How to Manage a New Malaria Mosquito in Africa

New guidance offers aid to manage Anopheles stephensi, a malaria-carrying species new to Africa that behaves differently than the ones it is used to fighting.
Photo: Joachim Pelikan/Swiss TPH

With Anopheles stephensi – the Asian malaria mosquito – increasingly being found in sub-Saharan Africa (most recently in Kenya), countries are facing a new infectious threat: Managing a malaria-carrying species that behaves differently than the ones they are used to fighting.

Other species of Anopheles mosquitoes that spread malaria in Africa tend to be found in rural areas, primarily transmit malaria in the rainy season, and bite in the middle of the night while people are asleep, behaviors addressed by sleeping under insecticide-treated bed nets and spraying inside homes.

But An. stephensi poses a distinct challenge: It is often found in urban areas, in the same standing water that breeds Aedes aegypti, the mosquito that carries dengue, Zika and more. It often bites more in the earlier part of the night when people are awake and not protected by bed nets.

As a different challenge requires a different set of solutions, the Johns Hopkins Center for Communication Programs-led Breakthrough ACTION project in February released an evidence-based social and behavior change guidance in response to the threat. The guidance, supported by the U.S. President’s Malaria Initiative (PMI), will help ministries of health and partners promote evidence-based individual, household, and community behaviors to reduce An. stephensi populations to reduce the spread of malaria.

In urban areas, says CCP’s April Monroe, who helped create the guidance, it starts with a mindset change. In some of these locations, malaria hasn’t been considered a threat in the past, but now individuals and health care providers need to know that malaria must be considered a possibility when a fever presents even when the sick person has not recently traveled outside the city. This is important not only for ensuring prompt treatment but also for early detection of malaria outbreaks.

An. stephensi has the potential to increase cases in areas that have historically been lower transmission areas, and perceived risk of malaria is often quite low in those contexts,” Monroe says. “So, it’s really important to let people know that there is a new threat, and why it’s more important now than ever to be doing some of these malaria-related behaviors.”

As this mosquito expands its range, one model suggests that it could eventually put more than 126 million people in cities across Africa at risk.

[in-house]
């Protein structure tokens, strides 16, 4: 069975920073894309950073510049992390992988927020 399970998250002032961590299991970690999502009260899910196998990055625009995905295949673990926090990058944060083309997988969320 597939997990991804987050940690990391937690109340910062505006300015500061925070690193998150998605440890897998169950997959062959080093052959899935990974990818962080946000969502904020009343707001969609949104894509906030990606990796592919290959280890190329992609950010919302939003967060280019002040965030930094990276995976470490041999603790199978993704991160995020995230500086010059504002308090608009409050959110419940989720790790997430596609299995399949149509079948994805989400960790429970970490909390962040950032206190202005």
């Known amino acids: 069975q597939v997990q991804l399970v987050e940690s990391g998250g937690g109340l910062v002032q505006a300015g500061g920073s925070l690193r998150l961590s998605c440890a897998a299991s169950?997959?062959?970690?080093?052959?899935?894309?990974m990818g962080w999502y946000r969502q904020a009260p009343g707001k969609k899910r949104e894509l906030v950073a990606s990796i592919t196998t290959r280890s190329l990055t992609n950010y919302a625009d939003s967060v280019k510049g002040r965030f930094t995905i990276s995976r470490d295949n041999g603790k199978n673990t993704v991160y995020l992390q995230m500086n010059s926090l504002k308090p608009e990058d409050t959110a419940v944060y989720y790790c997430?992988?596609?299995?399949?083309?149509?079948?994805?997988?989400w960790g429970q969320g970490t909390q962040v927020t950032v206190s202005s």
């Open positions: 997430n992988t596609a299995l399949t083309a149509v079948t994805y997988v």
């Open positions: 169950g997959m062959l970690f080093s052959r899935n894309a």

The new Breakthrough ACTION guidance was informed by a review of malaria research, but also research into controlling the Aedes aegypti mosquito, which was most recently in the spotlight during the Zika outbreak of 2015 and 2016.

The guidance discusses opportunities to target standing water and storage containers where An. stephensi lays its eggs. Spilling water out of tires, properly covering water storage containers and using safe and proven chemicals in water containers that will not be used for drinking can all be considered. It’s important for individuals, families, and community leaders to understand the benefits of these actions.

“And part of that is communicating,” she says. “When you have information that the threat is there, make sure that you’re communicating in a timely manner, that you’re communicating in clear and precise ways to make sure people have the information that they need to protect themselves. It helps to explain why some of these interventions are being done and, and what they entail. This is critical for building and maintaining trust.”

Across the border from Kenya in Ethiopia, officials recently observed an urban outbreak of malaria during the dry season linked to An. stephensi, something that was not a major concern in the past, she says.

Monroe says that the types of interventions used in combatting An. stephensi must be tailored to the needs of the country and location.

“It’s really important from what we’ve seen in the Aedes literature to be as specific as possible and to avoid general messages,” she says. “General messages about cleaning up your yard, or covering water storage containers can actually do more harm than good. For example, if you have a poorly fitting lid, or one that’s warped, or really isn’t doing the job that it’s supposed to do, it can actually create more breeding sites for the vector. So it’s really important, to make sure that those messages are clear and that they’re specific enough.”


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